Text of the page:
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How Fairly Were Strauss-Kahn, Diallo Treated by Justice System?

August 23, 2011 at 12:00 AM EDT
New York judges on Tuesday dropped sex Crimes charges against former IMF chief Dominique Strauss-Kahn and denied a request seeking a special prosecutor. Ray Suarez discusses how the case was handled with former federal prosecutor Allison Leotta and Christopher Kuntz, a law professor at the University of California, Berkeley.
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TRANSCRIPT

RAY SUAREZ: And now to the outcome of the high-profile criminal case that attracted international attention. The case itself may be coming to an end, but questions about how it was handled continue.

Three months after he was arrested on charges of sexual assault, Dominique Strauss-Kahn was greeted with boos when he arrived at a New York City courthouse this morning. But inside, the former head of the International Monetary Fund got some good news. The sexual assault charges against him had been dropped.

Prosecutors asked state Supreme Court Judge Michael Obus to drop the charges because, they said, the defendant’s version of what happened wasn’t credible.

JOAN ILLUZZI-ORBON, Manhattan assistant district attorney: Whatever the truth may be about the encounter between the complainant and the defendant, our inability to believe the complainant beyond a reasonable doubt means that we cannot, in good faith, ask the jury to do that. And so we arrive at the recommendation that we made here today.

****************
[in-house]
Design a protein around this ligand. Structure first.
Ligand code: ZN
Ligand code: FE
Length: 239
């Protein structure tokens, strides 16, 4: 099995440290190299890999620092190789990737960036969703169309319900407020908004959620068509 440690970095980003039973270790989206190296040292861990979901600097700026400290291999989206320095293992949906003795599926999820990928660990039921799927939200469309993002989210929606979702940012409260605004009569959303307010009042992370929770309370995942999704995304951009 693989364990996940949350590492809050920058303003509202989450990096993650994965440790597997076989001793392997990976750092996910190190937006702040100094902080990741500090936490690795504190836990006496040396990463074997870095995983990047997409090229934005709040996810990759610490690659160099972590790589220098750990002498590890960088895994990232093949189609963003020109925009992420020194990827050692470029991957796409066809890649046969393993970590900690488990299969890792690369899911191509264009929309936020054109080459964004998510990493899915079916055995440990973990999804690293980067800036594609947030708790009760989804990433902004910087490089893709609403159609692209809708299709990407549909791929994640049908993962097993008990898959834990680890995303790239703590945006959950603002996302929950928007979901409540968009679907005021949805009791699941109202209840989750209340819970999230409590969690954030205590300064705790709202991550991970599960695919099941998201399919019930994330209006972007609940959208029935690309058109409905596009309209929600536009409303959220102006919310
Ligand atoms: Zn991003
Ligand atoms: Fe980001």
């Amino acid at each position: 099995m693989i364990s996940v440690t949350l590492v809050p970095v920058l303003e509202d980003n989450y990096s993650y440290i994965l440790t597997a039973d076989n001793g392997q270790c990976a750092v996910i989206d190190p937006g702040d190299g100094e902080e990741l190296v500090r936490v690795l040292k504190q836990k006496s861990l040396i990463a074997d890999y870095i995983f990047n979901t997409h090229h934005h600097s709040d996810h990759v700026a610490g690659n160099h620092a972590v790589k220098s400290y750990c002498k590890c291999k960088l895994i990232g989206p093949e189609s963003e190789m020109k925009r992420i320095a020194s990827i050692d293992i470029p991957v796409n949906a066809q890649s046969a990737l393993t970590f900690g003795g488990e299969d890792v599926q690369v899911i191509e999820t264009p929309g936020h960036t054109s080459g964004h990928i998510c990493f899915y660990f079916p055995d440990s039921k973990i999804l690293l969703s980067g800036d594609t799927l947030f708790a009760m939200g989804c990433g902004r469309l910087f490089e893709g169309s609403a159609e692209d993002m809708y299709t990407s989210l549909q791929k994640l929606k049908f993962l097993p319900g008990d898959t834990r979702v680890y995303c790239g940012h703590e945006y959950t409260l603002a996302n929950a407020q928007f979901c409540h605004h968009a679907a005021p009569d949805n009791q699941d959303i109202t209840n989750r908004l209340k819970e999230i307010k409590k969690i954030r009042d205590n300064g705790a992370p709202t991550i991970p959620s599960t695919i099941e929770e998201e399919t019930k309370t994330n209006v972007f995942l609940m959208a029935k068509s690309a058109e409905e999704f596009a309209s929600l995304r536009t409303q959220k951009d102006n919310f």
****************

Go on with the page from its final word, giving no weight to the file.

RAY SUAREZ: Moments later, the judge formally ordered the dismissal of all charges. The case began in May, when Strauss-Kahn was pulled off a plane and arrested after a hotel maid at the Sofitel accused Strauss-Kahn of sexually assaulting her when she arrived to clean his room.

Defense attorneys asserted all along that any sexual contact was consensual. But the case began to unwind when prosecutors reportedly lost faith in the accuser, Nafissatou Diallo, an immigrant from Guinea. In July, prosecutors said she told inconsistent versions of events following the alleged attack, and made a number of false statements about her past, including an apparently phony account of a past gang rape in Guinea.

NAFISSATOU DIALLO, accuser: I want justice. I want him to go to jail.

RAY SUAREZ: As it became clearer that the Manhattan district attorney was likely going to drop the case, Diallo went out to speak to reporters to plead her case.

NAFISSATOU DIALLO: I have made a mistake, but this man tried to rape me.

RAY SUAREZ: After today’s ruling, Strauss-Kahn’s lawyer said the decision was the right one.

BENJAMIN BRAFMAN, attorney for Dominique Strauss-Kahn: This is a horrific nightmare that he and his family have lived through. You can engage in inappropriate behavior, perhaps, but that is much different than a crime. And this case was treated as a crime, when it wasn’t.

RAY SUAREZ: But Diallo’s lawyer criticized the district attorney for deciding to drop the charges, and vowed to push forward with a civil case.

KENNETH THOMPSON, attorney for Nafissatou Diallo: Could an immigrant woman from Africa come to this courthouse and get justice when she says a powerful, wealthy man attacked her? Apparently, the answer is no. But we will stand by Ms. Diallo to the very end.